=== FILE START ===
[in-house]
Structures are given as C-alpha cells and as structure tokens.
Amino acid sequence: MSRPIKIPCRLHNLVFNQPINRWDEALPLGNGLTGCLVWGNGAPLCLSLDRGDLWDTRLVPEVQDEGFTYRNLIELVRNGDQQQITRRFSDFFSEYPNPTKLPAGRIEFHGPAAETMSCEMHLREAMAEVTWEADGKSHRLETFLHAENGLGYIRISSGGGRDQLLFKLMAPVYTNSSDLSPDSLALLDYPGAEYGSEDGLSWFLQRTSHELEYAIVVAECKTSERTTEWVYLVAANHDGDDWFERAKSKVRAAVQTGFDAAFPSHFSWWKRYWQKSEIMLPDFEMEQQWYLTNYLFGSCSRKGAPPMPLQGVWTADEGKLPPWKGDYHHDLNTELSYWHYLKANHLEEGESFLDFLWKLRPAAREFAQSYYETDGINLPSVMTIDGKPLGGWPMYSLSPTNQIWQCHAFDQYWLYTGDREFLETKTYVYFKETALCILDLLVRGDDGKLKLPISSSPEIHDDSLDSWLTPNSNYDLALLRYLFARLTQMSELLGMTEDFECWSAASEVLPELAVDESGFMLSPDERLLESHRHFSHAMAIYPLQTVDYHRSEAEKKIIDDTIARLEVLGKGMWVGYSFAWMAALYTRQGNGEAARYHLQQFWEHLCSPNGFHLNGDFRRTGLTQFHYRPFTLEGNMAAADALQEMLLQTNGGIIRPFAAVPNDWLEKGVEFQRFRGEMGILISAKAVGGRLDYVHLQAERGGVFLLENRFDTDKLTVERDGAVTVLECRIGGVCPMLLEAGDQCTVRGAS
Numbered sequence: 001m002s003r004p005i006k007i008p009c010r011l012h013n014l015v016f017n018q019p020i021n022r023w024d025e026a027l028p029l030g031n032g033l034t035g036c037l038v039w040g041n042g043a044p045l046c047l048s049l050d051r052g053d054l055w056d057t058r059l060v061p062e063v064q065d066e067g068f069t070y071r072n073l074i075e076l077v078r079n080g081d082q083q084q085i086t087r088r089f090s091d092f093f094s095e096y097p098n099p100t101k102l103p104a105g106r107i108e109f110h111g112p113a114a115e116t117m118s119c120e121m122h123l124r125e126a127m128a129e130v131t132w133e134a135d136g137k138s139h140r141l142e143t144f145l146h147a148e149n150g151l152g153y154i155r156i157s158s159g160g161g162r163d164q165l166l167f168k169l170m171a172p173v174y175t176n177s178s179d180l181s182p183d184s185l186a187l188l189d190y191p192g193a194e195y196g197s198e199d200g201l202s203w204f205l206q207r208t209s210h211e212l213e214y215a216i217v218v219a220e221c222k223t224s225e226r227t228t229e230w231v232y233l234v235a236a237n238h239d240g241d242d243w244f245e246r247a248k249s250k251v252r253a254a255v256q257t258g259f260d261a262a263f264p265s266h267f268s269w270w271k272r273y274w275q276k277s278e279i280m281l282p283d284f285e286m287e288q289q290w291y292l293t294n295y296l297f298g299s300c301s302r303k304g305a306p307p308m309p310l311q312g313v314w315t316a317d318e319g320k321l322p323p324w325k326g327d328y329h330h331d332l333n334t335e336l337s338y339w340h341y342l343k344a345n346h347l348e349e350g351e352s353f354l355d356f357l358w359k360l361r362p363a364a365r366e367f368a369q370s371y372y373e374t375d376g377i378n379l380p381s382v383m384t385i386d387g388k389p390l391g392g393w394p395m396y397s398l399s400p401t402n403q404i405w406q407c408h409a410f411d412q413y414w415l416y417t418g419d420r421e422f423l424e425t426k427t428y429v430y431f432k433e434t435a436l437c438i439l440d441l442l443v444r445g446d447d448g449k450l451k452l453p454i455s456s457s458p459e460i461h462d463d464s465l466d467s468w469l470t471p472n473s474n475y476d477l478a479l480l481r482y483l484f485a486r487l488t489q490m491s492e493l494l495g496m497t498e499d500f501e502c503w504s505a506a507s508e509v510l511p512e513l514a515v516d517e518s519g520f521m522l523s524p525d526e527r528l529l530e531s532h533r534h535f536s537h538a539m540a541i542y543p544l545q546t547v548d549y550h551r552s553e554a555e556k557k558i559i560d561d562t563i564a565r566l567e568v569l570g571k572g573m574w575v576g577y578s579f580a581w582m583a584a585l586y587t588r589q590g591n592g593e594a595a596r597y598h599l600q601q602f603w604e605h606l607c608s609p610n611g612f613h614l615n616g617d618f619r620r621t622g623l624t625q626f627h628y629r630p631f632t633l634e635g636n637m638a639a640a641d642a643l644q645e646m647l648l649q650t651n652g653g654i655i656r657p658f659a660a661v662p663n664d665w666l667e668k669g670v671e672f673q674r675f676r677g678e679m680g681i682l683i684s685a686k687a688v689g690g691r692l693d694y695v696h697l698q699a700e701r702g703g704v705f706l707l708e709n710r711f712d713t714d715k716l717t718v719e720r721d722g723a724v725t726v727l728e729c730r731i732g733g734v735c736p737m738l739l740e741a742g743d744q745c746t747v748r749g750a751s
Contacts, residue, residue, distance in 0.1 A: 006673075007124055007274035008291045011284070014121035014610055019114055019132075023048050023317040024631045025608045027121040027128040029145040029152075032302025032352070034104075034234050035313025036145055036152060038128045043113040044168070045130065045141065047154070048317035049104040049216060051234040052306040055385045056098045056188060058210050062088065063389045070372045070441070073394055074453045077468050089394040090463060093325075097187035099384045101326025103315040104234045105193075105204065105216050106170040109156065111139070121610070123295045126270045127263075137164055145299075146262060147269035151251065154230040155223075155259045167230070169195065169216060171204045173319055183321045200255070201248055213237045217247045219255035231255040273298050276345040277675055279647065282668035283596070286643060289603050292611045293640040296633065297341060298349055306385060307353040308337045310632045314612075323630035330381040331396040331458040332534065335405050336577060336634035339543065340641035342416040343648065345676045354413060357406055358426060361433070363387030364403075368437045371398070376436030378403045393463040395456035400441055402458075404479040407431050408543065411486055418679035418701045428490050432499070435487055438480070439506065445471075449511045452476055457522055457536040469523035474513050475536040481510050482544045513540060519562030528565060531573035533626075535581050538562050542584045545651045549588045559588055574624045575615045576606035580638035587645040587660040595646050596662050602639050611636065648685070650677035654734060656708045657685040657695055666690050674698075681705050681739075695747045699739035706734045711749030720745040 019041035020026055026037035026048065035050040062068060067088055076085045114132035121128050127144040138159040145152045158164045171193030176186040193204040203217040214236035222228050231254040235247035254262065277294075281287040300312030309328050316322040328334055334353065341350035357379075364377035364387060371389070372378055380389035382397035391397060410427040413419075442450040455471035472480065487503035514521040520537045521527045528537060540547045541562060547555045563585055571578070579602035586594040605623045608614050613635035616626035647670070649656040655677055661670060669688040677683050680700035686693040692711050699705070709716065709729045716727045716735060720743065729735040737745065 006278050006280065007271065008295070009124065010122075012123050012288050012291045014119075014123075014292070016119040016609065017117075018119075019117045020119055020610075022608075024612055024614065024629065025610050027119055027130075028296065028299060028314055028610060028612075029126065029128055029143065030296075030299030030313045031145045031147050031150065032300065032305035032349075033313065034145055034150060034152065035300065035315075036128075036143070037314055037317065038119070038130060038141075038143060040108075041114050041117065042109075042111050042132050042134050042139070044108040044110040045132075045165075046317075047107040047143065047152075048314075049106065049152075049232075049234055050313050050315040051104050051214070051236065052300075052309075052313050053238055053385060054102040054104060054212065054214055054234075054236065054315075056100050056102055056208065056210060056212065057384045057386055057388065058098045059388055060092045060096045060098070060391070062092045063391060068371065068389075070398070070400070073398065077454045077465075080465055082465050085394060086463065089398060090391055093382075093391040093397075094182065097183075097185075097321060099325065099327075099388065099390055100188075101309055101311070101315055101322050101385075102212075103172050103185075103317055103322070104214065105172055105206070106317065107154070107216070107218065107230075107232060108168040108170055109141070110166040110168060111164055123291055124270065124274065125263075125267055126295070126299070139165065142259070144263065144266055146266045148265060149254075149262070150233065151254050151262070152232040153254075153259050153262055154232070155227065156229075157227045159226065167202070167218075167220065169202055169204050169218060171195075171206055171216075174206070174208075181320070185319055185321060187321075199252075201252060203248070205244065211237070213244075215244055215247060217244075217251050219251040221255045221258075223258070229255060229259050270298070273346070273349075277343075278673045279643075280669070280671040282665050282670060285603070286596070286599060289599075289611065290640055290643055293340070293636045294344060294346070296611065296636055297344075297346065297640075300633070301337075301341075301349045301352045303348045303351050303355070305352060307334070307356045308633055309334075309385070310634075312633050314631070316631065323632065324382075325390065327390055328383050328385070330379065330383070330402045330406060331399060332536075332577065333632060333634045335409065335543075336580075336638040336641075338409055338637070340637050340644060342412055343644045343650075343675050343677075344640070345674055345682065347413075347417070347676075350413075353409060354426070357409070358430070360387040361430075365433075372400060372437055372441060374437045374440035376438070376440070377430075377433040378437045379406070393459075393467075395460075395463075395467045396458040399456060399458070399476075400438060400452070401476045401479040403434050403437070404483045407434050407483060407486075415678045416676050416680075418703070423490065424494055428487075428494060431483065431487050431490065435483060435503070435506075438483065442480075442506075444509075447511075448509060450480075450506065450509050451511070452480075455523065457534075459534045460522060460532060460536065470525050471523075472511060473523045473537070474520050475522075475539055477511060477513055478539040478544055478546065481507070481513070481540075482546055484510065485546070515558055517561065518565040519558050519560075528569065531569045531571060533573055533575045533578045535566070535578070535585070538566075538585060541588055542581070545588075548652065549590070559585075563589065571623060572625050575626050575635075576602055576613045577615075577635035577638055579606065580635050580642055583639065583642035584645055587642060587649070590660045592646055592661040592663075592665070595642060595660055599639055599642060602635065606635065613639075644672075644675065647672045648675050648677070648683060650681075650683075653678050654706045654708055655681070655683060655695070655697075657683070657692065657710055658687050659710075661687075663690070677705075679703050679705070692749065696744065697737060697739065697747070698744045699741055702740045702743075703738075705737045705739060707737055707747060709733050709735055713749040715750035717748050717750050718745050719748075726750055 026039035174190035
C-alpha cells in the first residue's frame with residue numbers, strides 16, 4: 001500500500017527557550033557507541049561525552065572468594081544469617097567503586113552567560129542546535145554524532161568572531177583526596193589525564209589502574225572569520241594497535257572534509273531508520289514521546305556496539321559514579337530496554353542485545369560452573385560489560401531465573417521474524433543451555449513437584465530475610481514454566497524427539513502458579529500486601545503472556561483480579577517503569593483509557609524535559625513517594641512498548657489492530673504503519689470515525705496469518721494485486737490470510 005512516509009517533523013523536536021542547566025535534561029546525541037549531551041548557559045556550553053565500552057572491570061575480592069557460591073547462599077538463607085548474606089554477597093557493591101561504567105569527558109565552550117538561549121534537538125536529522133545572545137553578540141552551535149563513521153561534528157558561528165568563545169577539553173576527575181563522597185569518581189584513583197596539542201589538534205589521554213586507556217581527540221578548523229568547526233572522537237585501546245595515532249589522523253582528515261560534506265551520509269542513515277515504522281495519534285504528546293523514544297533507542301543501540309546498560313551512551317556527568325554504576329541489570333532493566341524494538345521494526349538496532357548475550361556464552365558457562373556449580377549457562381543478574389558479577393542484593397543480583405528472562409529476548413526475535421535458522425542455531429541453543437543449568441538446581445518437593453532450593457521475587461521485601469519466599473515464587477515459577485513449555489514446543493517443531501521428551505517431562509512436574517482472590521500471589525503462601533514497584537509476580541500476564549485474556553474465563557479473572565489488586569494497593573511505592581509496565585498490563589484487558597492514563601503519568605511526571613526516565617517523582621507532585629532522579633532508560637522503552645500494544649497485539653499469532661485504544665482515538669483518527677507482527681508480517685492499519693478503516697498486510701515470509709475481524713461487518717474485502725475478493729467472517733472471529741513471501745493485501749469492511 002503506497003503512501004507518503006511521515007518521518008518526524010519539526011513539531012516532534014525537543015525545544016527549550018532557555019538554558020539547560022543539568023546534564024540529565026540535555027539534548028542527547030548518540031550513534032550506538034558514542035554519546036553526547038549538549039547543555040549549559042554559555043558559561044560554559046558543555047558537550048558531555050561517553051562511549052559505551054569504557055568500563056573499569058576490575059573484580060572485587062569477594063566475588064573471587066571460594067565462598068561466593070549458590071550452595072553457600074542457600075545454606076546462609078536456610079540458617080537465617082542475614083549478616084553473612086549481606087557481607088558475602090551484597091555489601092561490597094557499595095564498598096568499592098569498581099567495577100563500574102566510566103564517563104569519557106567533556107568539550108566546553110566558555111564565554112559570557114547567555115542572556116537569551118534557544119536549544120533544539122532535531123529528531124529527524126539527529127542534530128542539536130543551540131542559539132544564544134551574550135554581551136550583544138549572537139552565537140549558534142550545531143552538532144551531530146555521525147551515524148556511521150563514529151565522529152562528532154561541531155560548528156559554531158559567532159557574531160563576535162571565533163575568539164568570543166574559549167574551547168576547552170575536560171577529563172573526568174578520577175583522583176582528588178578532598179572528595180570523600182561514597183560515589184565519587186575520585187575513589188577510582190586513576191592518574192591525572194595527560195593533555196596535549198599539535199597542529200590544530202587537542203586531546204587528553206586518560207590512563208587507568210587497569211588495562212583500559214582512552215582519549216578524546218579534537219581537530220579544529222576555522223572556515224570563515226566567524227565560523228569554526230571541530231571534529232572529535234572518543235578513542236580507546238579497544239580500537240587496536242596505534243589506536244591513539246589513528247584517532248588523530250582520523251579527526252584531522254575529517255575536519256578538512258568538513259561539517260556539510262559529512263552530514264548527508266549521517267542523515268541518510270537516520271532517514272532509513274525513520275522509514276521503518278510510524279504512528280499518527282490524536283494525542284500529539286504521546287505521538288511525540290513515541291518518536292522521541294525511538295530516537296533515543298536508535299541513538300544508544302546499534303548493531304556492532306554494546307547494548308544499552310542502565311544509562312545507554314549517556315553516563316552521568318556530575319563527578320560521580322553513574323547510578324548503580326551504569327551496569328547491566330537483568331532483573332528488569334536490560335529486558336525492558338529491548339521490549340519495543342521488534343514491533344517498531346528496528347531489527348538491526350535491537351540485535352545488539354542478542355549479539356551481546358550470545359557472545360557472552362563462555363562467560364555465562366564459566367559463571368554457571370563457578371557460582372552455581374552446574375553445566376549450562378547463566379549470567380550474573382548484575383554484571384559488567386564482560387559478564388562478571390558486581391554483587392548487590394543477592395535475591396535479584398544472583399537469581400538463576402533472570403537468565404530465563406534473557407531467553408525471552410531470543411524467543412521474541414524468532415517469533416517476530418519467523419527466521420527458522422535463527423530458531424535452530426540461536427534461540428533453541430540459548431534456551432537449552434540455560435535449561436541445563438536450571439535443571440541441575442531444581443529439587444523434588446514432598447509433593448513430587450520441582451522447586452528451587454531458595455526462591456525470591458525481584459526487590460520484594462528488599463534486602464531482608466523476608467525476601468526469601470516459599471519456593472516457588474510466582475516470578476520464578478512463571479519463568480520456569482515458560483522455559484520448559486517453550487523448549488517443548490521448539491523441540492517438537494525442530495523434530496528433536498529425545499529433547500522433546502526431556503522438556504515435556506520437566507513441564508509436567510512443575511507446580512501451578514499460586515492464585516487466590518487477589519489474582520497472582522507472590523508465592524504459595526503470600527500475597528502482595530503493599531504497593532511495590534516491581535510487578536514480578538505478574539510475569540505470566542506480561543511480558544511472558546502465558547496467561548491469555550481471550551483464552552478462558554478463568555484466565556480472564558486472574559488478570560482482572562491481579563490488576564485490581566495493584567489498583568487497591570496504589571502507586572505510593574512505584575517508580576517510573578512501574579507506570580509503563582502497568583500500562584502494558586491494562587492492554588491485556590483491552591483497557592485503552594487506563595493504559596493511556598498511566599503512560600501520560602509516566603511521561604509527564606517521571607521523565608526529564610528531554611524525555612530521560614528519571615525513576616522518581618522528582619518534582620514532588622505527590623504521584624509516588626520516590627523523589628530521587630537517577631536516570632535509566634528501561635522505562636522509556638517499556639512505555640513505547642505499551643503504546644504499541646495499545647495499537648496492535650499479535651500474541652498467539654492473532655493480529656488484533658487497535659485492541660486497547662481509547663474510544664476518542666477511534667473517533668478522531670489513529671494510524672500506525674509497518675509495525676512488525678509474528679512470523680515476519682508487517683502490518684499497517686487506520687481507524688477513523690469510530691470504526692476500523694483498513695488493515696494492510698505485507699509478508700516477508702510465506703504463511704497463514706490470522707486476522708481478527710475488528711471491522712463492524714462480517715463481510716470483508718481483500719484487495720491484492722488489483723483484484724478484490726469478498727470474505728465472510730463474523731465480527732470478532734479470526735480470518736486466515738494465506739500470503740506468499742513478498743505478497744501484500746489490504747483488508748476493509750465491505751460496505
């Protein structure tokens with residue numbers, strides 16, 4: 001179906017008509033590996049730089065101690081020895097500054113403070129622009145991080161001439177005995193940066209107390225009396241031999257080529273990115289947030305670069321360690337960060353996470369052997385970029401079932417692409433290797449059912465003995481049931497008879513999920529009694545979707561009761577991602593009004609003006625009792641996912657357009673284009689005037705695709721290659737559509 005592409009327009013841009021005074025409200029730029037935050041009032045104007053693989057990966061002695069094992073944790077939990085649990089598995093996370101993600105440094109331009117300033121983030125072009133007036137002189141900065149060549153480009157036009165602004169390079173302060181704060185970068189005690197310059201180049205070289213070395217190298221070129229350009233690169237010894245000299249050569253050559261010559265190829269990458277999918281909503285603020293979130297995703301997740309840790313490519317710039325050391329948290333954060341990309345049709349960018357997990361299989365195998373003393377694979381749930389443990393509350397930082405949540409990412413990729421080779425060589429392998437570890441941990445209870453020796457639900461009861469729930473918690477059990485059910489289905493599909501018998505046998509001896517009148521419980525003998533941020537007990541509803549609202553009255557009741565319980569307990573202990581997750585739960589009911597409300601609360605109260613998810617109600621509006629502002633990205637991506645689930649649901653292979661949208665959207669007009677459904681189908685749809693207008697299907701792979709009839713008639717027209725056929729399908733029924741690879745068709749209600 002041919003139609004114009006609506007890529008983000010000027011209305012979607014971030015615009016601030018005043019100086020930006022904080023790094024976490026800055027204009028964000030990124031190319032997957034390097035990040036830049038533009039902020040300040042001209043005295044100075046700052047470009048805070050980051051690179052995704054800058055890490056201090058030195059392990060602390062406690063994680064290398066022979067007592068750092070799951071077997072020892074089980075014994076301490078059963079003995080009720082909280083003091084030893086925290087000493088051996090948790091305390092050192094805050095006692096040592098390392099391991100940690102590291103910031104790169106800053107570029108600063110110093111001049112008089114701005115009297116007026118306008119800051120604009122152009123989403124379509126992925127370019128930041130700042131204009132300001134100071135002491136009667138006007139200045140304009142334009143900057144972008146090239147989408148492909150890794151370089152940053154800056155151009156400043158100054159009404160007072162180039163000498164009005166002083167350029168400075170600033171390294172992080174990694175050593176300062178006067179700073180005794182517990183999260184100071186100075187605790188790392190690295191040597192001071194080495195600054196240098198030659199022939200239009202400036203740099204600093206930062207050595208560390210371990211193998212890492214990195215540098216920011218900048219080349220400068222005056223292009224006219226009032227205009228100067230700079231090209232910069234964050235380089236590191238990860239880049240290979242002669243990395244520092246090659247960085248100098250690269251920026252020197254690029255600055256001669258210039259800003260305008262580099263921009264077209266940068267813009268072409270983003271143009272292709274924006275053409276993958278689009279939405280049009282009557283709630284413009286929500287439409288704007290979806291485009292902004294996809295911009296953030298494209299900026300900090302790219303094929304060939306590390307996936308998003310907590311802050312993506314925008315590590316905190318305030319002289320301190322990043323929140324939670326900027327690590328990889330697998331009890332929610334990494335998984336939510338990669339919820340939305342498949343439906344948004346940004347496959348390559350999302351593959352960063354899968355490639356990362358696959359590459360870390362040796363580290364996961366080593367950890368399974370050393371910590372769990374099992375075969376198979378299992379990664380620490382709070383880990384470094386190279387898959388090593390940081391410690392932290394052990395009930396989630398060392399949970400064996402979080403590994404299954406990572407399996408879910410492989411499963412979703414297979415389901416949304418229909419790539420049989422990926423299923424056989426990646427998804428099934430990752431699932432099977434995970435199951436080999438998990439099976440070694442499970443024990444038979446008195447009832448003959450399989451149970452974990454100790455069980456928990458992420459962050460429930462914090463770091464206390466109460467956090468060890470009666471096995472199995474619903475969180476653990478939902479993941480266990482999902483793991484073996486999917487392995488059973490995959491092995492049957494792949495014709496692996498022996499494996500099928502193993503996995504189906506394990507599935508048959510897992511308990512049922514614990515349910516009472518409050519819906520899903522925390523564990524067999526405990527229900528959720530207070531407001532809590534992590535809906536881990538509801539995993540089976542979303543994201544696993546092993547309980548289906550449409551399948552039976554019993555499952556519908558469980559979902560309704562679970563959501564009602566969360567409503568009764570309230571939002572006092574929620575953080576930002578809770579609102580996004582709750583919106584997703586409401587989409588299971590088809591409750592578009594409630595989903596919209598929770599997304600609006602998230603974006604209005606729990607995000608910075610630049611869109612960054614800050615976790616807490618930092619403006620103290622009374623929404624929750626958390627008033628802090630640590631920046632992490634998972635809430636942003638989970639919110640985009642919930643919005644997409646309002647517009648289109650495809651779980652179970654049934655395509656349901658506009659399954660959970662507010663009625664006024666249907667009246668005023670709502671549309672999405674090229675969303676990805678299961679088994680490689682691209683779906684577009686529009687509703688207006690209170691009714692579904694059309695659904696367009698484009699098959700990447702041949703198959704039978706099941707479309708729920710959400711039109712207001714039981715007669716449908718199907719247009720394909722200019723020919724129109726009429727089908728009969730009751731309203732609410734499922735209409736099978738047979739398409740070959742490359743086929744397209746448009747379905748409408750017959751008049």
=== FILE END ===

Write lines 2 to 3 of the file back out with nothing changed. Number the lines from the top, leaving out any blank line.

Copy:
Structures are given as C-alpha cells and as structure tokens.
Amino acid sequence: MSRPIKIPCRLHNLVFNQPINRWDEALPLGNGLTGCLVWGNGAPLCLSLDRGDLWDTRLVPEVQDEGFTYRNLIELVRNGDQQQITRRFSDFFSEYPNPTKLPAGRIEFHGPAAETMSCEMHLREAMAEVTWEADGKSHRLETFLHAENGLGYIRISSGGGRDQLLFKLMAPVYTNSSDLSPDSLALLDYPGAEYGSEDGLSWFLQRTSHELEYAIVVAECKTSERTTEWVYLVAANHDGDDWFERAKSKVRAAVQTGFDAAFPSHFSWWKRYWQKSEIMLPDFEMEQQWYLTNYLFGSCSRKGAPPMPLQGVWTADEGKLPPWKGDYHHDLNTELSYWHYLKANHLEEGESFLDFLWKLRPAAREFAQSYYETDGINLPSVMTIDGKPLGGWPMYSLSPTNQIWQCHAFDQYWLYTGDREFLETKTYVYFKETALCILDLLVRGDDGKLKLPISSSPEIHDDSLDSWLTPNSNYDLALLRYLFARLTQMSELLGMTEDFECWSAASEVLPELAVDESGFMLSPDERLLESHRHFSHAMAIYPLQTVDYHRSEAEKKIIDDTIARLEVLGKGMWVGYSFAWMAALYTRQGNGEAARYHLQQFWEHLCSPNGFHLNGDFRRTGLTQFHYRPFTLEGNMAAADALQEMLLQTNGGIIRPFAAVPNDWLEKGVEFQRFRGEMGILISAKAVGGRLDYVHLQAERGGVFLLENRFDTDKLTVERDGAVTVLECRIGGVCPMLLEAGDQCTVRGAS